Christianna Brand's career as a crime writer began with Death in High Heels, first published in 1941. My copy is the American first edition, which didn't appear until 13 years later, by which time Brand was very well-established, thanks to books such as Green For Danger. She was a generation younger than the first Queens of Crime, but she worked very firmly within the Golden Age tradition. Like Edmund Crispin, she was swimming against the tide of fashion, given her interest in intricacy of plotting rather than psychological complexity and suspense, but again like Crispin, she has always had a loyal band of admirers.
I've been a fan of hers ever since I read Green For Danger, but it's taken me a long time to read her debut. I confess that I started reading a paperback edition some years ago and lost enthusiasm to such an extent that I never finished it. Second time around, I persevered, and was glad I did so. There's no doubt that it's an apprentice work. The story makes a bright start, and then sags. But there are many touches typical of Brand.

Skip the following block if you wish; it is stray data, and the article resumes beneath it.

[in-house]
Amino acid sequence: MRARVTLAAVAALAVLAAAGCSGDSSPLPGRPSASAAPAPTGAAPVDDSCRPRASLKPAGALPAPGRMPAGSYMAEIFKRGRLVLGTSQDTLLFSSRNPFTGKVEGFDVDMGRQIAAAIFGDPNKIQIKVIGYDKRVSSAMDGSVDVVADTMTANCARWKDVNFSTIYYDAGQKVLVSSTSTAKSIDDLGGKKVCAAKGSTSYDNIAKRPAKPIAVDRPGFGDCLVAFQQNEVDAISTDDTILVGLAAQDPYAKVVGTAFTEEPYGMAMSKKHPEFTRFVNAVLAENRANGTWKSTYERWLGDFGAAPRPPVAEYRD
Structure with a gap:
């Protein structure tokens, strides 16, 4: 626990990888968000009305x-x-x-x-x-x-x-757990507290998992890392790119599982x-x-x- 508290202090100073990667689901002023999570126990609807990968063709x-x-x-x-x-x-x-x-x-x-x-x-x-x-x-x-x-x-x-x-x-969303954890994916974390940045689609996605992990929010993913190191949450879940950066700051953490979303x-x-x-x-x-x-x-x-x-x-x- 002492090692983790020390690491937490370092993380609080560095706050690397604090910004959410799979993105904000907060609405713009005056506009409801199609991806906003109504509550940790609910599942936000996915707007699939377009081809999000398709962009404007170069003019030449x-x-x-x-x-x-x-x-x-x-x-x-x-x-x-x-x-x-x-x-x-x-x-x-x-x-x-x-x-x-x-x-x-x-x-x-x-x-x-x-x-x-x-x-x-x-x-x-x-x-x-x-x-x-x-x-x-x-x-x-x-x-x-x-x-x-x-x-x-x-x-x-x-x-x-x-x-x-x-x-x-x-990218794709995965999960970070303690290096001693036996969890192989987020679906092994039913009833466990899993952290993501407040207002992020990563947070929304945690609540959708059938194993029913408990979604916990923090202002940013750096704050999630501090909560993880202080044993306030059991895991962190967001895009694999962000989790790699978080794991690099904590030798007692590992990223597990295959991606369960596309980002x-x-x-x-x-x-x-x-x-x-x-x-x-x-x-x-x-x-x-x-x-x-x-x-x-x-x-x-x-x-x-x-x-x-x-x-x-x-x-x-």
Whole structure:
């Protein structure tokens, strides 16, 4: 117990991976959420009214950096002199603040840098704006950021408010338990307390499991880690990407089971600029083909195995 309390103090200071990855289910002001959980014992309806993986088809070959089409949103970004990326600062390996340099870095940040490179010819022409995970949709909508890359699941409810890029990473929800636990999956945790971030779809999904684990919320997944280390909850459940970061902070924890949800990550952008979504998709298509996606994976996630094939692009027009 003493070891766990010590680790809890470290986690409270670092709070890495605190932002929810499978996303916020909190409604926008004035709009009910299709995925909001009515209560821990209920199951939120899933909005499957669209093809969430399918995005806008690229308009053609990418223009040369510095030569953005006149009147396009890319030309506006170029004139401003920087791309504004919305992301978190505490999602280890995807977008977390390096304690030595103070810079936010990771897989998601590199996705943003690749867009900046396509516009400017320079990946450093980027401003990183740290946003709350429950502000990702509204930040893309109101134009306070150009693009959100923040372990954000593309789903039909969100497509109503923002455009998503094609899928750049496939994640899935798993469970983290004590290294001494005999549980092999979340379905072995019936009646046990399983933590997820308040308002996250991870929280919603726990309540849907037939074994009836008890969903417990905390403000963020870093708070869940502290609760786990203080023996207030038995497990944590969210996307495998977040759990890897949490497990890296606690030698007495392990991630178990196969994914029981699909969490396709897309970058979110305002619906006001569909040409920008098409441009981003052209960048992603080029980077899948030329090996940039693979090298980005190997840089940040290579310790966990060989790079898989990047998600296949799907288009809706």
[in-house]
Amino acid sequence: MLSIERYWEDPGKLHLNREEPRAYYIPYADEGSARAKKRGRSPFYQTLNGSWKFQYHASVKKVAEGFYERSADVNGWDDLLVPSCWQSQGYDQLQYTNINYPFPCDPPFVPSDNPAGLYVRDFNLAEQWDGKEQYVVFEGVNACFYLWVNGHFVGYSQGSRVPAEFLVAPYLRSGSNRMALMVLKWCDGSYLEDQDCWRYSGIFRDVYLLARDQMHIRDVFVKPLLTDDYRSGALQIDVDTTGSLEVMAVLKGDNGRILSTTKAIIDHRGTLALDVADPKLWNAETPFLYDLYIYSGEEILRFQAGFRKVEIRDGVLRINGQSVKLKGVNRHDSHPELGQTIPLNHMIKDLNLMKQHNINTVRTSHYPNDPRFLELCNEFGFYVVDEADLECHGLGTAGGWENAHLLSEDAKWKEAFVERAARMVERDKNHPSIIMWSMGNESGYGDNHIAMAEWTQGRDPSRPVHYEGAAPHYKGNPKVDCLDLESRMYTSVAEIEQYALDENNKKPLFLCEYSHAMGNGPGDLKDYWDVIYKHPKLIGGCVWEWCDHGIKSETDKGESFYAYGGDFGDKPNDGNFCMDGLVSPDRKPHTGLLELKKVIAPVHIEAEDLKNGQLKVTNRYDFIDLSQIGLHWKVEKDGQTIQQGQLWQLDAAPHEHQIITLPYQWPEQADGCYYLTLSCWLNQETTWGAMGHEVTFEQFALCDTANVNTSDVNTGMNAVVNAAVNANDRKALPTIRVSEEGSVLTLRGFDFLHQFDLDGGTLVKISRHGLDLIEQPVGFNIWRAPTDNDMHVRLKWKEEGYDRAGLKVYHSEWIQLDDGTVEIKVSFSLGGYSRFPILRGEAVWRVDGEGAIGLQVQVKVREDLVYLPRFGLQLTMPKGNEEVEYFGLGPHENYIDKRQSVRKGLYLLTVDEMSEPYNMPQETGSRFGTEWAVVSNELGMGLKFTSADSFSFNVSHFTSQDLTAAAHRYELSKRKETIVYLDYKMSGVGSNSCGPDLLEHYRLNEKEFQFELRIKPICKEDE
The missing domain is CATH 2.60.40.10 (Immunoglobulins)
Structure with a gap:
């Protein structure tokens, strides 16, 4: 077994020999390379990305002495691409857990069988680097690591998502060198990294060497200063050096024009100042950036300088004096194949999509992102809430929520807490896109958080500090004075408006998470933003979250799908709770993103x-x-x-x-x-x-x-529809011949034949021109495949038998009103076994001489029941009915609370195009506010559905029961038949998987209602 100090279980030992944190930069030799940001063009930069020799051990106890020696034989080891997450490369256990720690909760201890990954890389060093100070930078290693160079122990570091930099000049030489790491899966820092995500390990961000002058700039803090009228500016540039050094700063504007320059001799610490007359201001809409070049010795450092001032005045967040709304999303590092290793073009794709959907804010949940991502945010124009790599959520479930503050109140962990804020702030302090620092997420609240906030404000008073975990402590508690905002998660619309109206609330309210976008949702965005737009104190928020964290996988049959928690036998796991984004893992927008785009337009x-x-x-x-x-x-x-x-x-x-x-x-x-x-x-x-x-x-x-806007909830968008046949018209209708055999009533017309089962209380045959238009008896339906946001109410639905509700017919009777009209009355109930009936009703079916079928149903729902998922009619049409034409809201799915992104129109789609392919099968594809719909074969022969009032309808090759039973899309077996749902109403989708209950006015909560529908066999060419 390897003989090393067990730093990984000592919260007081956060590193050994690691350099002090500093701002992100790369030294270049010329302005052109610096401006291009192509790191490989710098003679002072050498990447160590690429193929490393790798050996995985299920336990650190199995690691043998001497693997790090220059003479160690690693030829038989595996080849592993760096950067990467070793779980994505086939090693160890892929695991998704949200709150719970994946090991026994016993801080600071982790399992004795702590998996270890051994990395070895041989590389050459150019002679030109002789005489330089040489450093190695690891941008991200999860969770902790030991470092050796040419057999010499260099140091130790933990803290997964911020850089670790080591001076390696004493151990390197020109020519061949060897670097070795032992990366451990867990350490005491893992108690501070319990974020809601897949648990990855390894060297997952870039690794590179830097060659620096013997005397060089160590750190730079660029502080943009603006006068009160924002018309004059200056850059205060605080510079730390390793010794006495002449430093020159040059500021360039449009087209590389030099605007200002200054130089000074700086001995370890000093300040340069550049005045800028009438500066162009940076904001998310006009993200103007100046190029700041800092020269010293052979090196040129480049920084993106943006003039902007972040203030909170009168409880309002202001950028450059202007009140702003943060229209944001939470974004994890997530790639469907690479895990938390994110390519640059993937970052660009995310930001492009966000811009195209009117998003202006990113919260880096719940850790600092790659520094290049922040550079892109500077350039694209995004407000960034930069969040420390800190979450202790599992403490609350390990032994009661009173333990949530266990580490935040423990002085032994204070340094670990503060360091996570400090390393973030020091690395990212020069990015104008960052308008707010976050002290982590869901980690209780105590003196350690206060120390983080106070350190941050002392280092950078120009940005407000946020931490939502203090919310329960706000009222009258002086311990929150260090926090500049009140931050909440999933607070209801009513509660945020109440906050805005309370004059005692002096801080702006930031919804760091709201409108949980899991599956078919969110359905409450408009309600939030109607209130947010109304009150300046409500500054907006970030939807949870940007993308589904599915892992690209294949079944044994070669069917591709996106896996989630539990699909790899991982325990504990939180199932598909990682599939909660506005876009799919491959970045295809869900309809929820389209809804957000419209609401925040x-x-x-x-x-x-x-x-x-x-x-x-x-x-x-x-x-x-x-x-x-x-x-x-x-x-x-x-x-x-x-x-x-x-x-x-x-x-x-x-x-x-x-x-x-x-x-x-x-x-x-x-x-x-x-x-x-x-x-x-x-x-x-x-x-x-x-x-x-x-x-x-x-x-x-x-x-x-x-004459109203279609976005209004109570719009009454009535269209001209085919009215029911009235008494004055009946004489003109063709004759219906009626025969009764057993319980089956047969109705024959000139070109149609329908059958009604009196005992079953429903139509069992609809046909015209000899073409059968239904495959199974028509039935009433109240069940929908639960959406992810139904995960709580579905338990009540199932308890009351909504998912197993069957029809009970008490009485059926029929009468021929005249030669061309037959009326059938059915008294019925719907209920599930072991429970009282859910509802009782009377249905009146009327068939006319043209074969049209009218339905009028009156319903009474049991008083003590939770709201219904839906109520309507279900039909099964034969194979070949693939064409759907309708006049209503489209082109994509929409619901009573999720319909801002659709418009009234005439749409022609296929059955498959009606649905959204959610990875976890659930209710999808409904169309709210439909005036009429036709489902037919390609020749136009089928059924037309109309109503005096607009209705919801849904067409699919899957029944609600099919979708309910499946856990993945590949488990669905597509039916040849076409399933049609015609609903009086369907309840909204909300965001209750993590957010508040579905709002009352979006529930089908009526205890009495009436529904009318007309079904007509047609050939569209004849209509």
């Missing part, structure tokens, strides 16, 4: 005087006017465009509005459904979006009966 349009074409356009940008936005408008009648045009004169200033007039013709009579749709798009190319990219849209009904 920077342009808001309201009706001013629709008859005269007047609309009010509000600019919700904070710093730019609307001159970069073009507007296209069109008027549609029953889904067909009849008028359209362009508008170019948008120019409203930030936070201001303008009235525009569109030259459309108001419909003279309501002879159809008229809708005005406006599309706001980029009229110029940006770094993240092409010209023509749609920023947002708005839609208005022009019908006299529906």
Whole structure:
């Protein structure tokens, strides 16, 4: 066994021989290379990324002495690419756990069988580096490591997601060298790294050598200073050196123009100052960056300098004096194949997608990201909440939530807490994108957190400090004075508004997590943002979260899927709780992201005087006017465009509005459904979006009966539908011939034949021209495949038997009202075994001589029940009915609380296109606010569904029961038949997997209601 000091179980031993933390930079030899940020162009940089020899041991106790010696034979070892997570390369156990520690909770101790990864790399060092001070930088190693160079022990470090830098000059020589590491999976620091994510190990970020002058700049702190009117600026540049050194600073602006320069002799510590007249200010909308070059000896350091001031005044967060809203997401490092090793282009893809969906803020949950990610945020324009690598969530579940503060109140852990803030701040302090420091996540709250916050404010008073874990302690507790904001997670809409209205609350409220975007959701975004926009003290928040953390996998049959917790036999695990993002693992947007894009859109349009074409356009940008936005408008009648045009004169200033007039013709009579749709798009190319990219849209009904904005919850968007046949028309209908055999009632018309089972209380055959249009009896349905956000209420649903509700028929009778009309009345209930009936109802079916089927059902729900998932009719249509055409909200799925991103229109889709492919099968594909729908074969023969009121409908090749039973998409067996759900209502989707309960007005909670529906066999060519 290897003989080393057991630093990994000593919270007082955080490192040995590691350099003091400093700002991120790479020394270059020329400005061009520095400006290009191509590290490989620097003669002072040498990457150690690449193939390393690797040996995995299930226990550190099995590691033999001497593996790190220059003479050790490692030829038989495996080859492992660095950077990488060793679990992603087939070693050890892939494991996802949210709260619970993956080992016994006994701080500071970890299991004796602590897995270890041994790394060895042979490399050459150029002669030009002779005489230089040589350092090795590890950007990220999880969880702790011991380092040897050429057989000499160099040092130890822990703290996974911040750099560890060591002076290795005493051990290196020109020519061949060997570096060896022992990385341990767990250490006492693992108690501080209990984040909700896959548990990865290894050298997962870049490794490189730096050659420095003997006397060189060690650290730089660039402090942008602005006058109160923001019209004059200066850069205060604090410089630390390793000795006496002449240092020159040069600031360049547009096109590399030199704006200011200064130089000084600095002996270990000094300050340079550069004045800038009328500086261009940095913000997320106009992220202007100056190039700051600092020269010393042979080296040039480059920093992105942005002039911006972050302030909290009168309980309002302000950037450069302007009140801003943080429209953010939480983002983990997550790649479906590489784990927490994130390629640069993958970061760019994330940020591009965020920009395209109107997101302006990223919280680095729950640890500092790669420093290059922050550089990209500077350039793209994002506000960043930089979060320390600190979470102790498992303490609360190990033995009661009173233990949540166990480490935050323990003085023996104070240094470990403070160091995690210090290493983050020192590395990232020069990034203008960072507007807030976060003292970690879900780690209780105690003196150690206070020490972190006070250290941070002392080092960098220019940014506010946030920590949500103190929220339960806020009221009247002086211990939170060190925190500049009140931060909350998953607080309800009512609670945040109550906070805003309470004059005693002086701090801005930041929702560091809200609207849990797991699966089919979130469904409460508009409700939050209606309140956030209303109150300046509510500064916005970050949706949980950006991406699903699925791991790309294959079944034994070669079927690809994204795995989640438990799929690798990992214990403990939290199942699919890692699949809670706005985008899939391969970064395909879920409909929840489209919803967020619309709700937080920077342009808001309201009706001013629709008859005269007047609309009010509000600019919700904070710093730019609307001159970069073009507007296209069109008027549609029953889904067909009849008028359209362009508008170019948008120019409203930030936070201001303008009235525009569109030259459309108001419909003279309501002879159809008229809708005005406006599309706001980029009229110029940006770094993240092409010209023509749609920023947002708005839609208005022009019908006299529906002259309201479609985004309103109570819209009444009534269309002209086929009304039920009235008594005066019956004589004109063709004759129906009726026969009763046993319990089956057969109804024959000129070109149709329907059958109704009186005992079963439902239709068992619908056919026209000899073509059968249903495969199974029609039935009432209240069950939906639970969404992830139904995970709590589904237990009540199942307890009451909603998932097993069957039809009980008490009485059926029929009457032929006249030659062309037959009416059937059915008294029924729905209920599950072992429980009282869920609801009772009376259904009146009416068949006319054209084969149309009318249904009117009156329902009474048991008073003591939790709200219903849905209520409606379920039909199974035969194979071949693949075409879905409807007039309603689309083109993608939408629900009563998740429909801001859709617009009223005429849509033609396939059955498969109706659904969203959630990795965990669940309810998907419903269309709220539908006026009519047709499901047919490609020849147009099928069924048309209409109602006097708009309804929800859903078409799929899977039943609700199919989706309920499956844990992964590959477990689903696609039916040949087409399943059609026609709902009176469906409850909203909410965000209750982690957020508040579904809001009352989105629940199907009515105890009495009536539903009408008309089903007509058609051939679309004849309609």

These include a 'closed circle' of suspects - people working in a dressmaking business. Famously, Brand worked in just such a business and (so it is said) based her victim on a colleague from real life. She also shows her ability to come up with a complex plot with the potential for multiple solutions. The detecting is undertaken by Inspector Charlesworth, who appeared in two later books.
In some ways, the best part of the book is the early description of life in the dress shop, before the complications are piled on. The less said about the characterisation of a gay member of staff and a charlady (patronisingly called Mrs 'Arris throughout) the better. But there are some neat plot twists. Brand would do better in her later books, but this one tells us quite a bit about the era in which it is set.